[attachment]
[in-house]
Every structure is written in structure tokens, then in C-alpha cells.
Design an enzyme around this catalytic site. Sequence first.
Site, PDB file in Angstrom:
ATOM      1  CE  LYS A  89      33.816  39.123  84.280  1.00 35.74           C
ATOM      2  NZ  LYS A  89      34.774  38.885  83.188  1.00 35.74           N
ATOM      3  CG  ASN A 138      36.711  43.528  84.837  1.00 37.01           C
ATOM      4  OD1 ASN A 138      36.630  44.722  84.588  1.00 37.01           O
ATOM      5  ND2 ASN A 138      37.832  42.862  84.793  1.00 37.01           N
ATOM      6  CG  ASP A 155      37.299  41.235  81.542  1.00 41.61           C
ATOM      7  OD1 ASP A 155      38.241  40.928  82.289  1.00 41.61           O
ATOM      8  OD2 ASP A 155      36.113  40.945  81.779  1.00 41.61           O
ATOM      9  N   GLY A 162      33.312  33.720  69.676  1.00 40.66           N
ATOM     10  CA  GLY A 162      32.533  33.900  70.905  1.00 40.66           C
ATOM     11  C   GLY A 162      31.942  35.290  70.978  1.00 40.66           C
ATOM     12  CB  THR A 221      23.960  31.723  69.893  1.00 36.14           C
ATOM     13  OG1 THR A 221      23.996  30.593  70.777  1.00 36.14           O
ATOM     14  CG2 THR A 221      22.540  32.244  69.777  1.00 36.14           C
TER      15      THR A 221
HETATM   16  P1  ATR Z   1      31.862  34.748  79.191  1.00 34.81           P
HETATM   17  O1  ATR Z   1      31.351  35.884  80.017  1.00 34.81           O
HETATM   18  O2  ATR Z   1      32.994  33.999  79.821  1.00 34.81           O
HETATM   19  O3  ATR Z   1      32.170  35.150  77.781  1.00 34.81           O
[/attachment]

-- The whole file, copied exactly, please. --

[in-house]
Every structure is written in structure tokens, then in C-alpha cells.
Design an enzyme around this catalytic site. Sequence first.
Site, PDB file in Angstrom:
ATOM      1  CE  LYS A  89      33.816  39.123  84.280  1.00 35.74           C
ATOM      2  NZ  LYS A  89      34.774  38.885  83.188  1.00 35.74           N
ATOM      3  CG  ASN A 138      36.711  43.528  84.837  1.00 37.01           C
ATOM      4  OD1 ASN A 138      36.630  44.722  84.588  1.00 37.01           O
ATOM      5  ND2 ASN A 138      37.832  42.862  84.793  1.00 37.01           N
ATOM      6  CG  ASP A 155      37.299  41.235  81.542  1.00 41.61           C
ATOM      7  OD1 ASP A 155      38.241  40.928  82.289  1.00 41.61           O
ATOM      8  OD2 ASP A 155      36.113  40.945  81.779  1.00 41.61           O
ATOM      9  N   GLY A 162      33.312  33.720  69.676  1.00 40.66           N
ATOM     10  CA  GLY A 162      32.533  33.900  70.905  1.00 40.66           C
ATOM     11  C   GLY A 162      31.942  35.290  70.978  1.00 40.66           C
ATOM     12  CB  THR A 221      23.960  31.723  69.893  1.00 36.14           C
ATOM     13  OG1 THR A 221      23.996  30.593  70.777  1.00 36.14           O
ATOM     14  CG2 THR A 221      22.540  32.244  69.777  1.00 36.14           C
TER      15      THR A 221
HETATM   16  P1  ATR Z   1      31.862  34.748  79.191  1.00 34.81           P
HETATM   17  O1  ATR Z   1      31.351  35.884  80.017  1.00 34.81           O
HETATM   18  O2  ATR Z   1      32.994  33.999  79.821  1.00 34.81           O
HETATM   19  O3  ATR Z   1      32.170  35.150  77.781  1.00 34.81           O